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Wednesday, March 20, 2002
Are we cool, or what?
By KAORI SHOJI
In a recent interview, Roger Garcia, a longtime observer of Asians in American, tells how he was struck by how, despite their long presence in Hollywood, both on- and off-screen, they continue to have such a low profile. In part to address this, the Hong Kong native and former director of the Hong Kong International Film Festival edited "Out of the Shadows: Asians in American Cinema," a collection of essays and interviews, many penned by himself.
What made you decide to put this book together?
I was always very interested in the different histories of American cinema. It struck me that there was very little material about Asians in Hollywood despite their obvious contributions, and that they needed to be researched.
Over the years, what is the biggest change in how Hollywood depicts Asians?
Probably the combination of Asian acting talent with [actors drawn from] other minorities. Chris Tucker and Jackie Chan in "Rush Hour," for example. But actually, Bruce Lee had been the first to put Asians and African-Americans in the same frame.
Have Asian-Americans tried to change stereotypes of Asian women?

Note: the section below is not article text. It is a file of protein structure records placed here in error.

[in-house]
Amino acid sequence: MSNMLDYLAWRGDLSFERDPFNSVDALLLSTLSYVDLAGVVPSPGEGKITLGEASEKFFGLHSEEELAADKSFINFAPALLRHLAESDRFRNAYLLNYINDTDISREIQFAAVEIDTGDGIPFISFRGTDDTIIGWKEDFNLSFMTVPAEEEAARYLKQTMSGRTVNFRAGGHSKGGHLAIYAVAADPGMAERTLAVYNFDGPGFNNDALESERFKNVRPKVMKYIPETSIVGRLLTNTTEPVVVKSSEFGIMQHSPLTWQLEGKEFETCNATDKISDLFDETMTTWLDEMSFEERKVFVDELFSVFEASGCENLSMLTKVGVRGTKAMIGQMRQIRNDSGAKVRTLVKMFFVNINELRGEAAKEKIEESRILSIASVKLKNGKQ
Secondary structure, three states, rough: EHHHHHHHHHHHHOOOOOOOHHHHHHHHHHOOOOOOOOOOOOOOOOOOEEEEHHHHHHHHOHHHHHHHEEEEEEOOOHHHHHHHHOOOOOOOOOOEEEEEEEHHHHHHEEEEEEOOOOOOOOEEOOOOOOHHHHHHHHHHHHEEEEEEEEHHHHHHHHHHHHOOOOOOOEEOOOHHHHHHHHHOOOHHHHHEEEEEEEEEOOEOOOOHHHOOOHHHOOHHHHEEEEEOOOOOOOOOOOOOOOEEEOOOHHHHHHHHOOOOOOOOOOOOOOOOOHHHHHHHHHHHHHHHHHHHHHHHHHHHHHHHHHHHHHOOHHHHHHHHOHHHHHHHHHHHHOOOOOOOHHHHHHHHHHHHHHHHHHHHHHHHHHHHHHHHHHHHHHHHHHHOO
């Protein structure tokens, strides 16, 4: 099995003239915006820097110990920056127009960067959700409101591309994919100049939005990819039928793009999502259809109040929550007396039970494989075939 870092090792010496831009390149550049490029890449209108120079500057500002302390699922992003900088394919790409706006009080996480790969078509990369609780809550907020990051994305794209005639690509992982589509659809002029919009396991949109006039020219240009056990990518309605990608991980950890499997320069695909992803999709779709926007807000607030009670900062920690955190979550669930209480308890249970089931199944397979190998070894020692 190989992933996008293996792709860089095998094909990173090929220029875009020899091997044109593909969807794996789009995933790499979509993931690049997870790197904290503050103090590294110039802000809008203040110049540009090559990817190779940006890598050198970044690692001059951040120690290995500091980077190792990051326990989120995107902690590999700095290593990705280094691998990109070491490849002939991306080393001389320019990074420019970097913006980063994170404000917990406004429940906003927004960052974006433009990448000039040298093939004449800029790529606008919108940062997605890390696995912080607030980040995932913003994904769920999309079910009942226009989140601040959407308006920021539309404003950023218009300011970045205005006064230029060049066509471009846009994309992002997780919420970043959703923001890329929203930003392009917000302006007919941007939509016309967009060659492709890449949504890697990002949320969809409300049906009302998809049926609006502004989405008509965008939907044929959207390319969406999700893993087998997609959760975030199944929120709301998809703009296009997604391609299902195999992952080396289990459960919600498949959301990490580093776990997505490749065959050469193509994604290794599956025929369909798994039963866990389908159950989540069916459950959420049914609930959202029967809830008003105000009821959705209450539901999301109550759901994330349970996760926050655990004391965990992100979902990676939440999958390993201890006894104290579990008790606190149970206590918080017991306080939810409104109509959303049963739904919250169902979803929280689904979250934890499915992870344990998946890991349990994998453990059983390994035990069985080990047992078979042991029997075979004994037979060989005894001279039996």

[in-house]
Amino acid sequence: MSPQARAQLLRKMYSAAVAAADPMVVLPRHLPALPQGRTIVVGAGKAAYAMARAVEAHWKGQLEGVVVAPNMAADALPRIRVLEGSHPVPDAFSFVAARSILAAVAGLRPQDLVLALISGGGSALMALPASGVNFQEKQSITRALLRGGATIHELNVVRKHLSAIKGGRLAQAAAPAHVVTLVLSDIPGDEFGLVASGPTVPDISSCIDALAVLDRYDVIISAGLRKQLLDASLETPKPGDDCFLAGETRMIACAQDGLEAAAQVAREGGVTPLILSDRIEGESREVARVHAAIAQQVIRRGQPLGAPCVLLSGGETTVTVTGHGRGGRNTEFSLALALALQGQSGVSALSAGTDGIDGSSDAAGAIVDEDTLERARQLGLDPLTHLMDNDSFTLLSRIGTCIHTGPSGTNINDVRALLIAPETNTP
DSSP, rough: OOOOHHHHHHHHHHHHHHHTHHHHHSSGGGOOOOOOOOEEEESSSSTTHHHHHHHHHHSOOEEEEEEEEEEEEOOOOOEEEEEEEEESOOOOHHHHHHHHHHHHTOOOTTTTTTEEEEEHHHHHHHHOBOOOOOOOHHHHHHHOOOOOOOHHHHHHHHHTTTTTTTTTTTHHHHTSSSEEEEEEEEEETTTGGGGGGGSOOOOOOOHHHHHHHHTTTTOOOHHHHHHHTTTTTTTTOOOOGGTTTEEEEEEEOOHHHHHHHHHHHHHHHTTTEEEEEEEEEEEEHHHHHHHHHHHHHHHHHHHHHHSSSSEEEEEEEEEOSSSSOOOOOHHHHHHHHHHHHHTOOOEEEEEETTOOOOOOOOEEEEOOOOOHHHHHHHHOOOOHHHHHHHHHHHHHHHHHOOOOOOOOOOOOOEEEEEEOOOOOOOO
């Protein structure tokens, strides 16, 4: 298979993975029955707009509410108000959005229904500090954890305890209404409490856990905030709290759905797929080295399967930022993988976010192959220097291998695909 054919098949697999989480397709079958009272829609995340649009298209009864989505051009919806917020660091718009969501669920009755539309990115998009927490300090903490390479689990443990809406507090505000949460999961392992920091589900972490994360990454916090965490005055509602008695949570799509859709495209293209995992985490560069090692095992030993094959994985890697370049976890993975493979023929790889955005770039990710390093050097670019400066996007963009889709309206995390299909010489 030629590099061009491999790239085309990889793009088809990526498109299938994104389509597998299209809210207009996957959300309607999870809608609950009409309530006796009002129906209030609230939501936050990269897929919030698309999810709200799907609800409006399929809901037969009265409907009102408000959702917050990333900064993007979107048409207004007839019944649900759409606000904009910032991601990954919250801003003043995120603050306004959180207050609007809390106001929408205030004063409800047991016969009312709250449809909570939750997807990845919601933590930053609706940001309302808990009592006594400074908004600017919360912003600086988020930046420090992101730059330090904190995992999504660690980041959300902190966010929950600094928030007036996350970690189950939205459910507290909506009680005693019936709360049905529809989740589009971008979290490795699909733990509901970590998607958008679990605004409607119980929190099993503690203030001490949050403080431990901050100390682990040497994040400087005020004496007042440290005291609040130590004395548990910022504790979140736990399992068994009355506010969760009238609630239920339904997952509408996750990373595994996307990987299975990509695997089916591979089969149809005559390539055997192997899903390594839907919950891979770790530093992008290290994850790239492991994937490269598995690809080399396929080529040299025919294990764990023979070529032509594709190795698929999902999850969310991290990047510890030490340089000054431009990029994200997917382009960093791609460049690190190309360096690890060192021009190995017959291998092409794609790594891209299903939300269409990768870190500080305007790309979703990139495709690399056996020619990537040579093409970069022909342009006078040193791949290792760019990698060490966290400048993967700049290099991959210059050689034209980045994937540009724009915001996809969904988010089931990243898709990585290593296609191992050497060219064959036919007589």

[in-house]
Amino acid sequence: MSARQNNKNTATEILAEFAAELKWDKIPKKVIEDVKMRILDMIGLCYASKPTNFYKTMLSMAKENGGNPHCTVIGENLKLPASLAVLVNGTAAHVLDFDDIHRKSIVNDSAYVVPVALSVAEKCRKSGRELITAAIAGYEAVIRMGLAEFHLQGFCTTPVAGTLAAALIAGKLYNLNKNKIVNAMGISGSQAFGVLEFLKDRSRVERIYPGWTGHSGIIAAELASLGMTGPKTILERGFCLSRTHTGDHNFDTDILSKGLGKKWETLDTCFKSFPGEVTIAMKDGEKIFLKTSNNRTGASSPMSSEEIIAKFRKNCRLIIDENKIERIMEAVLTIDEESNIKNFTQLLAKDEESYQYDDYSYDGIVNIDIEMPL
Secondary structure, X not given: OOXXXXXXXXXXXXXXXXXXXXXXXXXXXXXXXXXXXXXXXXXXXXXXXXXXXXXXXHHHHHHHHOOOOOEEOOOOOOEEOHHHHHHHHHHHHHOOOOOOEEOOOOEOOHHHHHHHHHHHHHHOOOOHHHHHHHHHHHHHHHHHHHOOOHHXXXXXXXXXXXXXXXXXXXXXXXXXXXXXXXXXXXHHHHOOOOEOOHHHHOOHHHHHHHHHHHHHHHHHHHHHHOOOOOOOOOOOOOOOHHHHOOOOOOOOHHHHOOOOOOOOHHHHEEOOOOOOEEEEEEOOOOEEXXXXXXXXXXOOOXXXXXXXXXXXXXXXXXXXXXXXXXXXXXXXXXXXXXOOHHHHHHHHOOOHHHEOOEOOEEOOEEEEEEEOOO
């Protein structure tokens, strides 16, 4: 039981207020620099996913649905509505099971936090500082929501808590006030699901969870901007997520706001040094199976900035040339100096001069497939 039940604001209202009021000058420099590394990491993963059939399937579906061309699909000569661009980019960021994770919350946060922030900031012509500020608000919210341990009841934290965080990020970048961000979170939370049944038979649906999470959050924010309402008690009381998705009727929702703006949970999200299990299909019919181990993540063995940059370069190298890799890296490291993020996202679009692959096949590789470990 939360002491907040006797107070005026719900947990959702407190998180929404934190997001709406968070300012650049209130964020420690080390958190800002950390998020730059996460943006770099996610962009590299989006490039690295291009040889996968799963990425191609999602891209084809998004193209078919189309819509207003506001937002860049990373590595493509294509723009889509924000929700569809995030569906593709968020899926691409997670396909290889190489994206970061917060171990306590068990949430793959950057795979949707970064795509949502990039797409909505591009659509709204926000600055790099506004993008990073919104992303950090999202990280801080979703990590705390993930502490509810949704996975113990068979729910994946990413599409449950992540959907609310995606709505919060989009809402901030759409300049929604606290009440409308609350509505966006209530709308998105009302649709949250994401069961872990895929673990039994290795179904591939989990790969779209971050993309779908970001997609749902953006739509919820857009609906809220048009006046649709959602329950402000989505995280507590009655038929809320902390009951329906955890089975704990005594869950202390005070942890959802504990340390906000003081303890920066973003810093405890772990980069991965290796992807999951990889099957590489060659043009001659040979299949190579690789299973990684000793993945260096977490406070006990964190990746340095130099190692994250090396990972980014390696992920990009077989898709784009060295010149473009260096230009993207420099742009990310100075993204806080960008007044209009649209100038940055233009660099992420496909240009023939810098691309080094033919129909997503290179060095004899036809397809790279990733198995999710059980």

I would say the most visible change in recent years is Lucy Liu in "Charlie's Angels" -- the kick-ass Asian woman as opposed to the exotic sexual prize or pathetic victim of war. But let's not forget that Hollywood is an industry. Catering to stereotypes, Asian women and otherwise, is part of the business. And as a business, it also depends on where the money comes from. For example, "Cyclo" was made on French money so the part of the woman and the entire tone of that movie panders to the French notion of Vietnamese aesthetics.
Is it hard to be an Asian in the American film industry?
Very hard. The toughest thing is the lack of repetition. We had "The Joy Luck Club," but despite its huge success, there weren't many Asian-American followups to that. We got "Crouching Tiger, Hidden Dragon," but it remains to be seen how the Asian-Amercican filmmaking world picks up on that. Usually, mainstream Hollywood gets there first -- after "Joy Luck," there was a wave of American and African-American knockoffs, like "How to Make an American Quilt." Suddenly, mothers and families became en vogue and they remain so to this day. And of course, there are the martial-arts movies like "The Matrix" that have a huge Bruce Lee complex. This isn't necessarily a bad thing. Hollywood has finally caught on to the fact that Asians are cool.